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Comments
7 Responses
  1. Avatar photo Andrew G says:

    If they wanted to make it a fairer and more consumer focused market, they could prohibit in-contract price rises. I know full well what I’m paying, having a load of regulated detail about reliability and data usage helps me not one bit.

    It’s linked in the article (well done ISPR), I’d encourage all readers of this site to follow that link, read the consultation, and provide your views. One of the problems of government is that most consultations have insufficient citizen engagement. A recent DfT consultation on the future of air travel got precisely TWO responses from private individuals. Don’t let this one go the same way.

    1. Avatar photo Matt says:

      Annoying it’s send an email or write to them only though. Shame it isn’t just a contact from though I’m assuming they’re hoping it’ll give less abuse to the detail.

      @Mark – are you able to provide the results of polls etc. you’ve ran previously? no point us all doing it if you’re doing a large response on behalf of ISPR but I’ve added it to my list of to get an email sent over.

  2. Avatar photo Andrew says:

    All Three, Vodafone and O2 need to put on their website is the following: We’re shit, job done

  3. Avatar photo SmartGov says:

    Wow, smart meters, smart motorways, smart data scheme.

    1. Avatar photo Angela says:

      Dummer poeple!

    2. Avatar photo XGS says:

      Dumber even.

  4. Avatar photo Alistairs9 says:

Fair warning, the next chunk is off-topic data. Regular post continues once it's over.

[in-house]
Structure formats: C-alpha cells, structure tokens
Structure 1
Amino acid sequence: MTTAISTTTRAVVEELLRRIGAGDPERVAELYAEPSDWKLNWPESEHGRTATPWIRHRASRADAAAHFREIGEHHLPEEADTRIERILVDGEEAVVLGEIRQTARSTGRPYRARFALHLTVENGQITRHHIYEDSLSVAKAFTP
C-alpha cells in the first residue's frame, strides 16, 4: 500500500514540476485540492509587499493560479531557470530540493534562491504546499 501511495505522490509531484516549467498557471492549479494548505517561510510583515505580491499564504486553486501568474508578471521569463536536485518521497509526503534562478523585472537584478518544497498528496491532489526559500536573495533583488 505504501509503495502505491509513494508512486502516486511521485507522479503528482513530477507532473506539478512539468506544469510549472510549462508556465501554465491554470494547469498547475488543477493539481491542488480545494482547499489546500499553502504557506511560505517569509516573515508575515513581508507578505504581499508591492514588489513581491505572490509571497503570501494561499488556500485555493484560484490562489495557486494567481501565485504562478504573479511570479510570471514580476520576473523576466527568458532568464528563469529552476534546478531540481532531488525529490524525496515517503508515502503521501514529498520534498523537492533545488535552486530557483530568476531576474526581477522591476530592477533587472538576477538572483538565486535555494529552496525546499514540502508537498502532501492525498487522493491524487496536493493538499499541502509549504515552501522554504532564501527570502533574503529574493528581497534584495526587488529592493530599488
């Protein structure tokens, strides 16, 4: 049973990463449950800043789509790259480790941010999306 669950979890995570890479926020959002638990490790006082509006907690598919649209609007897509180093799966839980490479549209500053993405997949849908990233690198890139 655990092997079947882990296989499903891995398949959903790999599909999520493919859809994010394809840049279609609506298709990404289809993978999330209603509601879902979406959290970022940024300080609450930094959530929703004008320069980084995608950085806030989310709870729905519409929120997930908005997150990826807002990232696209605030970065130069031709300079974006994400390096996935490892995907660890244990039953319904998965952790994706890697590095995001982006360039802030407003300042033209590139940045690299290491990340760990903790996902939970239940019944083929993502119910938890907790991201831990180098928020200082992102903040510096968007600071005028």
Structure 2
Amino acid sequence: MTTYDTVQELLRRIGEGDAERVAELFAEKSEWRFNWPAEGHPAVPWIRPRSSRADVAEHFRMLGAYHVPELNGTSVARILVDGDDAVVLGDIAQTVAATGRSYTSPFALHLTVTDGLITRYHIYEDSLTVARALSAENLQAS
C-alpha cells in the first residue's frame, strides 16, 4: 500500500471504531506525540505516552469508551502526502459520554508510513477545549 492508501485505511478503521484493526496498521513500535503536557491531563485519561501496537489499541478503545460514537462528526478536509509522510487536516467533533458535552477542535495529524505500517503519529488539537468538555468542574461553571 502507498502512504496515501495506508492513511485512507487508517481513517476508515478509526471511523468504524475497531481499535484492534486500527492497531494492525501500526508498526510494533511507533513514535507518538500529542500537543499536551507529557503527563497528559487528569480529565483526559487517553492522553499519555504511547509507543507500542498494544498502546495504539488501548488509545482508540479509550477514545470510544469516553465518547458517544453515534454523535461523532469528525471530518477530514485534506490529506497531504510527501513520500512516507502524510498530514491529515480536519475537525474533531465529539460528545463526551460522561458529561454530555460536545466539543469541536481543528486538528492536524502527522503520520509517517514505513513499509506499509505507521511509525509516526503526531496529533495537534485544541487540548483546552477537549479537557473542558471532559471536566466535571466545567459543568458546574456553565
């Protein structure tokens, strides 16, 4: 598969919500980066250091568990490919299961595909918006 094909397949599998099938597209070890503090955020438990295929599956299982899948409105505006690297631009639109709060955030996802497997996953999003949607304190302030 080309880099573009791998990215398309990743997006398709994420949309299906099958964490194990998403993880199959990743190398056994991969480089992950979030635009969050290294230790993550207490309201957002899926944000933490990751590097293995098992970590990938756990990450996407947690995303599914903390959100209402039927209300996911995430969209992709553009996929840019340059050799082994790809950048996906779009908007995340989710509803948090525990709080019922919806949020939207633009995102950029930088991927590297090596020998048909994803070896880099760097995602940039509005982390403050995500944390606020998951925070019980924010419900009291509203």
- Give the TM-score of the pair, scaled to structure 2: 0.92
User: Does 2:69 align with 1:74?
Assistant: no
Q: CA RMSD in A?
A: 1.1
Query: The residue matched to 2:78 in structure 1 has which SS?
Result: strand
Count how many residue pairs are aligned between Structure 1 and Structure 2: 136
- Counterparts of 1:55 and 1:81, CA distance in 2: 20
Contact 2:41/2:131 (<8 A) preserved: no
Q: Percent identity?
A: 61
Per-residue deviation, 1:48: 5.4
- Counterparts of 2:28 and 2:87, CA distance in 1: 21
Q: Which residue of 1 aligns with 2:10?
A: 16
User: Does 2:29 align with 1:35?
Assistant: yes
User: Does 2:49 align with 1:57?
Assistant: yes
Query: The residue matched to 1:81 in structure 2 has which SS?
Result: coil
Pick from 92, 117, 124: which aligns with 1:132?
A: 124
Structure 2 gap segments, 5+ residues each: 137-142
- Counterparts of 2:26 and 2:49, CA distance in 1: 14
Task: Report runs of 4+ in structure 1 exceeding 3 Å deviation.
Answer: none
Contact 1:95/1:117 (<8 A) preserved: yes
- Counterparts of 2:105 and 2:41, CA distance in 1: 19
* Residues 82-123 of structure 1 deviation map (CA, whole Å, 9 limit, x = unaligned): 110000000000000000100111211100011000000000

Smart. In the title. Well, that gets the problem out of the way. Proposals usually end up being anything but!

    So I got my old fag packet out of its sealed box and, as anyone who is inclined to, wrote the following. Could it save us paying for speculative, at best, surveys?

    Universal questions to answer (not in order, fag packet, remember):-

    1. What do I need from a supplier of internet?
    Stable connection fast enough to meet needs and doesn’t bankrupt me.

    2. Can I get any internet at all?
    Cables, mobile signal or sats are it.
    Speed? If rural, basically, you’re stuffed.

    3. Is my connection reliable and maintained?
    GOOD question. Top 5 suppliers mostly okay, after that who can say.

    4. Can I afford it?
    UK mostly has done a good job here. Beware bundles, they will end up confusing the fundamental issue and so end up costing something, usually, MORE.

    5. Do I have available sufficient cost effective alternatives ?
    SEE 3. ABOVE.
    Anything else, pure guesswork.

Comments are closed